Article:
What Happens If I Can’t Restore Account Access?

PayPal reserves the right to limit a PayPal user’s access to their account and freeze any funds in the account for 180 days.  Here it is, right out of the user agreement:

We may close, suspend, or limit your access to your Account or our Services, and/or limit access to your funds for up to 180 Days if you violate this Agreement, the PayPal Acceptable Use Policy, or any other agreement you enter into with PayPal.

As well as:

We may hold your funds for up to 180 days if reasonably needed to protect against the risk of liability.

and:

10.8 Acceptable Use Policy Violation – User Fines. If you violate the Acceptable Use Policy then we may hold your funds up to 180 Days, fine you up to $2,500.00 USD for each such violation and/or take legal action against you to recover additional losses we incur. You acknowledge and agree that a fine up to $2,500.00 USD is presently a reasonable minimum estimate of PayPal’s damages, considering all currently existing circumstances, including the relationship of the sum to the range of harm to PayPal that reasonably could be anticipated and the anticipation that proof of actual damages may be impractical or extremely difficult. PayPal may deduct such fines directly from any existing Balance in the offending Account, or any other PayPal Account you control.

The bottom line is that PayPal can, and will, hold any funds remaining in the PayPal account for 180 days if you are not able to resolve your limitation.  On top of that, you will be unable to send funds, receive funds, or close your account at any time in the future.  You will receive an email similar to the following if your account has been selected for permanent limitation:

Notification of Limited Account Access RXI034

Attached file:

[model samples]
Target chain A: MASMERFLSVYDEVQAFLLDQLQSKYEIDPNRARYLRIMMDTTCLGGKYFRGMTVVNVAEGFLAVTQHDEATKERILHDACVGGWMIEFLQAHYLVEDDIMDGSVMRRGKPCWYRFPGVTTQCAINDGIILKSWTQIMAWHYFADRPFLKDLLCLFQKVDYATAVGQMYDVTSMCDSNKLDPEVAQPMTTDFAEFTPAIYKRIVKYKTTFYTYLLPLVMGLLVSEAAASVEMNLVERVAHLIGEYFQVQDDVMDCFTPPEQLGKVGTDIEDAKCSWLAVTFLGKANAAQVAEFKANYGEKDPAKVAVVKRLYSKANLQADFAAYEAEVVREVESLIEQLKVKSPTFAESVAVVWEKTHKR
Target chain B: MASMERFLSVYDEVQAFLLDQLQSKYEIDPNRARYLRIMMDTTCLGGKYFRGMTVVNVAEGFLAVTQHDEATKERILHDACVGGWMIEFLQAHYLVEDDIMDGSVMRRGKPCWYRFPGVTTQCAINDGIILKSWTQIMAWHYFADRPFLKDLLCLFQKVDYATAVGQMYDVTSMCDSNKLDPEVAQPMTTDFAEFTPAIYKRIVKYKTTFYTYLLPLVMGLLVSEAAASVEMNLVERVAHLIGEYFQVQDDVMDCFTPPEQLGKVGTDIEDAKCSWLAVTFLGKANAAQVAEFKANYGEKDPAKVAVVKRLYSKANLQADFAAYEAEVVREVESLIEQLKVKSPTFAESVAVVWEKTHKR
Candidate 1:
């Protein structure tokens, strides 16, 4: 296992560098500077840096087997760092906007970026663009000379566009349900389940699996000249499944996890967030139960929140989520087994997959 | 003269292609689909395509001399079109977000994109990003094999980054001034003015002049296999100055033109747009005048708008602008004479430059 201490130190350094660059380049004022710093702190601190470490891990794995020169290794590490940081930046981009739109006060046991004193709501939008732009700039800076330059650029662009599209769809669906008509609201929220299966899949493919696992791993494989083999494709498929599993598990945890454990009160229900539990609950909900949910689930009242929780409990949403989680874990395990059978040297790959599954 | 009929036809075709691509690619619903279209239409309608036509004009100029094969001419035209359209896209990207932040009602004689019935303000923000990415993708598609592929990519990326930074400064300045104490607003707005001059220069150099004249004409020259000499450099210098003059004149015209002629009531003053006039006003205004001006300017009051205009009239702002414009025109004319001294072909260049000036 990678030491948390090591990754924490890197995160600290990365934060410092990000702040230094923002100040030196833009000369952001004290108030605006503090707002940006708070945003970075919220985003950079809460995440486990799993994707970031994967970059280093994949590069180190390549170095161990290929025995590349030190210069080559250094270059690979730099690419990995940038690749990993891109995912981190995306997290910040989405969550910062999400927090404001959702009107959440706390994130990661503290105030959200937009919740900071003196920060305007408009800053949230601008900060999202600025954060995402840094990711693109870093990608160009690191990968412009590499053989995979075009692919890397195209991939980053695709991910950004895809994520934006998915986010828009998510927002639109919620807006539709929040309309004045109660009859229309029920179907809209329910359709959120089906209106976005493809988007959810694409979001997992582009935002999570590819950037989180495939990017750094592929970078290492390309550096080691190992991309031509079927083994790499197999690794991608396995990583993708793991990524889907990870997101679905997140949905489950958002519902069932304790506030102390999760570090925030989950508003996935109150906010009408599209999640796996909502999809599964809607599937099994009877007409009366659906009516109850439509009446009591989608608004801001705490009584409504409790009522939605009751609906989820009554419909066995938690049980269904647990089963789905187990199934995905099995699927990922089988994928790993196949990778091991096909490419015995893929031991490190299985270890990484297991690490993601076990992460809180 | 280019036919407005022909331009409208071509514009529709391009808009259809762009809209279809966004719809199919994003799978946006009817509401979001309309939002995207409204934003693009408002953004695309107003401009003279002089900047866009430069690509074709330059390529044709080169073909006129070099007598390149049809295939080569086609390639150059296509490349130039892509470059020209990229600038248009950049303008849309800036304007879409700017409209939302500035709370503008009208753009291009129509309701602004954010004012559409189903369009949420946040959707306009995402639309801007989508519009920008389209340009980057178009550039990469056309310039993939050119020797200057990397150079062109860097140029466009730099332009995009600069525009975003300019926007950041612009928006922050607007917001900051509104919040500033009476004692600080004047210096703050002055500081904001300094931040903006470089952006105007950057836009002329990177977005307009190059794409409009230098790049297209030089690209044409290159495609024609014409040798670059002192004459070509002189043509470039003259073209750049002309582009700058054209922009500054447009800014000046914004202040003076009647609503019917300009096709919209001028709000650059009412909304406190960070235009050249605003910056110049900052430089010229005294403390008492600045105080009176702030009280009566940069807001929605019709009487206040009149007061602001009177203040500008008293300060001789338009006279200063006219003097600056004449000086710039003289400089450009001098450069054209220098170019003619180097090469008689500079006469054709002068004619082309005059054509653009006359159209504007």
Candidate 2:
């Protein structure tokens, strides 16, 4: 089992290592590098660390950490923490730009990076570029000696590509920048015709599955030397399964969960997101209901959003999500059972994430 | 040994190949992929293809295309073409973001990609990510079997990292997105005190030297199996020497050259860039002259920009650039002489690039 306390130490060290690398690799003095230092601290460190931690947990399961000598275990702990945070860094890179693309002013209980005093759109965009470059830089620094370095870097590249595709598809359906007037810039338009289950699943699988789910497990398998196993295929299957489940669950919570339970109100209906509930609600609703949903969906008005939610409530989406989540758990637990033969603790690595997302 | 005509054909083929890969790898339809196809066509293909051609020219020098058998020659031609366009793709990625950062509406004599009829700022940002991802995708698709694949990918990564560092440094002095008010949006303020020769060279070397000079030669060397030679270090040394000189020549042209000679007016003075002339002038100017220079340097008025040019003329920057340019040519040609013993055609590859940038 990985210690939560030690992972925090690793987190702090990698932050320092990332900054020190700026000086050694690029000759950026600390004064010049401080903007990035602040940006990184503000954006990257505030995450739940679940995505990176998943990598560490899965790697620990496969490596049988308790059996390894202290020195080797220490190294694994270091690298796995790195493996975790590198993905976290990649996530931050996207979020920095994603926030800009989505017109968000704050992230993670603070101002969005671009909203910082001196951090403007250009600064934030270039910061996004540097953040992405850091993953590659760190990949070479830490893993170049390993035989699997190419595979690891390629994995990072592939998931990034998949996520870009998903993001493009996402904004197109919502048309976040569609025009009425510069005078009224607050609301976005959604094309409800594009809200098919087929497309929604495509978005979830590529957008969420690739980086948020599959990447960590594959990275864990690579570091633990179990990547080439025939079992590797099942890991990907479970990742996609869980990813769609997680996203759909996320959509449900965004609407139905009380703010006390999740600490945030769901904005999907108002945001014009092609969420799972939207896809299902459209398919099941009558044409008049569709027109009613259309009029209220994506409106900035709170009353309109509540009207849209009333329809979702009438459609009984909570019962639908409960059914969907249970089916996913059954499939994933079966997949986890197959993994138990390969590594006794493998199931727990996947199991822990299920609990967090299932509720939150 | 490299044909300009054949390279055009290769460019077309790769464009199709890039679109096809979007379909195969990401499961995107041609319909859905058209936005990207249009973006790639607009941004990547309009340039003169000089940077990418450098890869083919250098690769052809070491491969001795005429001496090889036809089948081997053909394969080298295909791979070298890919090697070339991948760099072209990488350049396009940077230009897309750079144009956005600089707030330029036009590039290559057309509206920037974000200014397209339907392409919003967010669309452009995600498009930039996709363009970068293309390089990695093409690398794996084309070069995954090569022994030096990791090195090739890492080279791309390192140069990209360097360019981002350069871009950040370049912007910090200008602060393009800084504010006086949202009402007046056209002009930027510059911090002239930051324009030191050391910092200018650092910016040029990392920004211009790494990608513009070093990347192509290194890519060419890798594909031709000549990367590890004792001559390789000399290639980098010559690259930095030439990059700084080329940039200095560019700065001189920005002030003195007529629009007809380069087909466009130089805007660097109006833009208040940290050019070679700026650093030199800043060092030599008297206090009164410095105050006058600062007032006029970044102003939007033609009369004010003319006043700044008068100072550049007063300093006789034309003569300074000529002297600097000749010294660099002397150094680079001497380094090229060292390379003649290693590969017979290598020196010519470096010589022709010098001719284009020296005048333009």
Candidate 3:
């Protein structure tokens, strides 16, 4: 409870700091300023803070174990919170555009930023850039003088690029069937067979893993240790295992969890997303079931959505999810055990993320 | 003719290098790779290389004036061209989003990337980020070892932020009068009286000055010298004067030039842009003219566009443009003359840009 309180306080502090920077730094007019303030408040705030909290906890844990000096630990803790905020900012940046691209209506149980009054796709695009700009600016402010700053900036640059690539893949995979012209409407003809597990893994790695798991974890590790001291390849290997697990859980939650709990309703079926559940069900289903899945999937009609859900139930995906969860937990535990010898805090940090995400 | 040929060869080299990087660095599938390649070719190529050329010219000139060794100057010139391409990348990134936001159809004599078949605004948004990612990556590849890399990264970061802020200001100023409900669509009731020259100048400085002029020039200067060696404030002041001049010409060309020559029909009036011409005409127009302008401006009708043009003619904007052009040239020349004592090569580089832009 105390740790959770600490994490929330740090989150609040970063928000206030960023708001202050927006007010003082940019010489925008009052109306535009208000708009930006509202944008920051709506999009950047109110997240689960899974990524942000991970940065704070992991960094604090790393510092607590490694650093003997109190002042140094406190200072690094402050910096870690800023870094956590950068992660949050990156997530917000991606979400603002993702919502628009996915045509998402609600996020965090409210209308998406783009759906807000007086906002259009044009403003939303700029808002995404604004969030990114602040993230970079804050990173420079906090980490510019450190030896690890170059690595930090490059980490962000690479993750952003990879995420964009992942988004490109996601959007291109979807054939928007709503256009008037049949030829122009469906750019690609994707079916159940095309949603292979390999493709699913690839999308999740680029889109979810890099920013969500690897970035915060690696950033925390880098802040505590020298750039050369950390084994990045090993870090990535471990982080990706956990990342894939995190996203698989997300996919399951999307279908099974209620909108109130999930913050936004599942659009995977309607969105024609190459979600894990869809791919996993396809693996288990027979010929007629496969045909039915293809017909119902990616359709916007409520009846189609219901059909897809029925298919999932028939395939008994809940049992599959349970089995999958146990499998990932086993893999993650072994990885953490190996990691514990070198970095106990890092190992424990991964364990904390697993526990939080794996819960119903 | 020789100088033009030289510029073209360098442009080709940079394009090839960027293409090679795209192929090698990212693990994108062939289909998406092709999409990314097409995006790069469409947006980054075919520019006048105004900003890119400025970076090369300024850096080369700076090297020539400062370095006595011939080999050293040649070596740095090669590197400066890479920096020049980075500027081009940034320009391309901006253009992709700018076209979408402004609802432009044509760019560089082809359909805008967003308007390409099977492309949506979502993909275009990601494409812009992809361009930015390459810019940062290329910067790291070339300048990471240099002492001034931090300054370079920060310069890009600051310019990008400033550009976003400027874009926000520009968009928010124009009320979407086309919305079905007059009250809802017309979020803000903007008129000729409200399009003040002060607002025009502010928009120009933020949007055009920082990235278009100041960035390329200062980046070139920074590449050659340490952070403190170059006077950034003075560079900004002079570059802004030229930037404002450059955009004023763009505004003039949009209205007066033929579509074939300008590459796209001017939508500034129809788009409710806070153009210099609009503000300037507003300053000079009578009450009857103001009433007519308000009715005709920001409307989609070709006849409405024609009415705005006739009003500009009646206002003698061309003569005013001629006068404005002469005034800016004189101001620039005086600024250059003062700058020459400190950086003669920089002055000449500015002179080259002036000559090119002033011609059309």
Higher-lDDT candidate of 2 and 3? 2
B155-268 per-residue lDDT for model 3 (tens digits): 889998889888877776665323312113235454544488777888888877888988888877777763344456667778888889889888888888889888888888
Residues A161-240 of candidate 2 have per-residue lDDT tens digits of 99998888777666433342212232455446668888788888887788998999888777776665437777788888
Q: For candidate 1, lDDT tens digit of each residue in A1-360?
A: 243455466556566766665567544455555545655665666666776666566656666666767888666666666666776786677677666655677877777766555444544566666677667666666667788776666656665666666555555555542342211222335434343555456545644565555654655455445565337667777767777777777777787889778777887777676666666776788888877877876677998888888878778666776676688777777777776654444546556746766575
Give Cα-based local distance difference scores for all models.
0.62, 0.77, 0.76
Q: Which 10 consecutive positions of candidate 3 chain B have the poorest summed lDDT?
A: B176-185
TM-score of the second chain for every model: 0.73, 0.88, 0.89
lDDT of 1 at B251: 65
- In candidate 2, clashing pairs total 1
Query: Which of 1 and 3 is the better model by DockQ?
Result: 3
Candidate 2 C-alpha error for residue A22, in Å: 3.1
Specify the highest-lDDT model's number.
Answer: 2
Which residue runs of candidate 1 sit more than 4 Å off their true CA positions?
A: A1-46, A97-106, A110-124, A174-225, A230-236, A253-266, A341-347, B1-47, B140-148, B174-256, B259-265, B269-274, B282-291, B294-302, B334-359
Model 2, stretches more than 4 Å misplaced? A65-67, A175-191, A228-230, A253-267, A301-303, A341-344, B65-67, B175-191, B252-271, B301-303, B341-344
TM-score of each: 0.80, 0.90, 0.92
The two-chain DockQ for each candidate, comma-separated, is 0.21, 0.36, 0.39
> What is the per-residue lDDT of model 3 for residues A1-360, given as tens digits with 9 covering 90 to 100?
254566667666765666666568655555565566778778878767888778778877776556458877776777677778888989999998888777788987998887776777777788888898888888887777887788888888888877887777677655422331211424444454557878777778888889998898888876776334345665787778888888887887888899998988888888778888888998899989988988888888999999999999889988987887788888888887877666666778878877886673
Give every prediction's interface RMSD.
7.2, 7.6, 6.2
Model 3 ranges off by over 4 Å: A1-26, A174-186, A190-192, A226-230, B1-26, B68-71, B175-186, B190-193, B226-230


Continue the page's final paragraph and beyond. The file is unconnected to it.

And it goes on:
Hello Meg Whitman,

As part of our security measures, we regularly screen activity in the
PayPal system. During a recent screening, we noticed an issue regarding
your account.


We are very sorry, but in accordance with the PayPal User Agreement, we are
no longer able to have you as a customer.

We have had to close your account for the following reason:

We have observed activity in this account that is unusual or potentially
high risk.

We apologize for any inconvenience this account closure may cause. You may
still log in to PayPal to view your transactions history and personal
information for a limited time.

The funds in your account will be held for 180 days, due to the risk of
outstanding chargebacks and complaints. After 180 days, any remaining funds
will be available to you for withdrawal.

For your protection, we have limited access to your account until
additional security measures can be completed. We apologize for any
inconvenience this may cause.

To review your account and some or all of the information that PayPal used
to make its decision to limit your account access, please visit the
Resolution Center. If, after reviewing your account information, you seek
further clarification regarding your account access, please contact PayPal
by visiting the Help Center and clicking “Contact Us”.

We thank you for your prompt attention to this matter. Please understand
that this is a security measure intended to help protect you and your
account. We apologize for any inconvenience.
Sincerely,

PayPal Account Review Department

How To Withdraw Money From A Limited PayPal Account

First of all, check the Resolution Center to be sure that you do not have the ability to withdraw funds.  All PayPal limitations are different and you may get a “soft” limit before the permanent limitation sets in.  Withdraw all of your money to your bank account immediately if you do have the ability to withdraw.  If you do not have the ability, then try to restore account access by completing the steps with the help of this guide.  If that fails, then your goal becomes getting the money out of the account as quickly as possible.

First of all, it’s unlikely that PayPal will release any funds until after at least 45 days have gone by since you received the initial notification of limited account access.  This is because buyers can file a PayPal dispute up to 45 days after payment was sent and PayPal wants to be sure they have your money to cover those refunds.  After 45 days has passed, send an email to executiveoffice@paypal.com containing something similar to the following:

Subject: Status of Limited PayPal Account Withdrawal

Body:

Dear PayPal,

My account has been limited since (date of first received limitation email) and I have not had the ability to withdraw the (insert amount) that is remaining in the account.  When will these funds be made available to me?

I would appreciate any help you can provide.

(Name)